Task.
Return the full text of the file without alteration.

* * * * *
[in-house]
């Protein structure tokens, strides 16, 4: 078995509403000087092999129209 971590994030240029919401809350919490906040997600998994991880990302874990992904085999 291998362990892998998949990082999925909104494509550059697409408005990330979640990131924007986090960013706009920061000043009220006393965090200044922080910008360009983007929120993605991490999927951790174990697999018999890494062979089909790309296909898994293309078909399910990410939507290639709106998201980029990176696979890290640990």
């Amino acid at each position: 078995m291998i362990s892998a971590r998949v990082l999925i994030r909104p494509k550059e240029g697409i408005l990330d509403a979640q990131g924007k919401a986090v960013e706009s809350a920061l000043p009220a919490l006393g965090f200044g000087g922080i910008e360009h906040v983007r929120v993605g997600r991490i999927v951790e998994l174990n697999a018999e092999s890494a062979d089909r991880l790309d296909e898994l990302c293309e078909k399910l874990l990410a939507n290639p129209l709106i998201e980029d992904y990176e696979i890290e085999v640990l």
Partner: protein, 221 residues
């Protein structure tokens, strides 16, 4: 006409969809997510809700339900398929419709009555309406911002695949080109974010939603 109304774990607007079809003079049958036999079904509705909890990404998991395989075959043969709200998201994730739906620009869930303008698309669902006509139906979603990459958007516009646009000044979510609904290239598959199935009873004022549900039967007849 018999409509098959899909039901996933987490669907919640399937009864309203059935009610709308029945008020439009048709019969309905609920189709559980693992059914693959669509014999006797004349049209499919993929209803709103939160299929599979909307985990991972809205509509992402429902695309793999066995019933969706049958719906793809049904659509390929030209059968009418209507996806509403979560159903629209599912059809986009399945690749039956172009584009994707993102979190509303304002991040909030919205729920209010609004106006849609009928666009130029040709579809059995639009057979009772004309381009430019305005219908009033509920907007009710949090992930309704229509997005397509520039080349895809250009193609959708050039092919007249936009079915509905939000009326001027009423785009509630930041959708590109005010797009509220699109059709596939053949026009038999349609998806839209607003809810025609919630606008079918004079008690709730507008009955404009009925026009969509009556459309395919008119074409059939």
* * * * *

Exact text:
[in-house]
């Protein structure tokens, strides 16, 4: 078995509403000087092999129209 971590994030240029919401809350919490906040997600998994991880990302874990992904085999 291998362990892998998949990082999925909104494509550059697409408005990330979640990131924007986090960013706009920061000043009220006393965090200044922080910008360009983007929120993605991490999927951790174990697999018999890494062979089909790309296909898994293309078909399910990410939507290639709106998201980029990176696979890290640990």
């Amino acid at each position: 078995m291998i362990s892998a971590r998949v990082l999925i994030r909104p494509k550059e240029g697409i408005l990330d509403a979640q990131g924007k919401a986090v960013e706009s809350a920061l000043p009220a919490l006393g965090f200044g000087g922080i910008e360009h906040v983007r929120v993605g997600r991490i999927v951790e998994l174990n697999a018999e092999s890494a062979d089909r991880l790309d296909e898994l990302c293309e078909k399910l874990l990410a939507n290639p129209l709106i998201e980029d992904y990176e696979i890290e085999v640990l």
Partner: protein, 221 residues
């Protein structure tokens, strides 16, 4: 006409969809997510809700339900398929419709009555309406911002695949080109974010939603 109304774990607007079809003079049958036999079904509705909890990404998991395989075959043969709200998201994730739906620009869930303008698309669902006509139906979603990459958007516009646009000044979510609904290239598959199935009873004022549900039967007849 018999409509098959899909039901996933987490669907919640399937009864309203059935009610709308029945008020439009048709019969309905609920189709559980693992059914693959669509014999006797004349049209499919993929209803709103939160299929599979909307985990991972809205509509992402429902695309793999066995019933969706049958719906793809049904659509390929030209059968009418209507996806509403979560159903629209599912059809986009399945690749039956172009584009994707993102979190509303304002991040909030919205729920209010609004106006849609009928666009130029040709579809059995639009057979009772004309381009430019305005219908009033509920907007009710949090992930309704229509997005397509520039080349895809250009193609959708050039092919007249936009079915509905939000009326001027009423785009509630930041959708590109005010797009509220699109059709596939053949026009038999349609998806839209607003809810025609919630606008079918004079008690709730507008009955404009009925026009969509009556459309395919008119074409059939």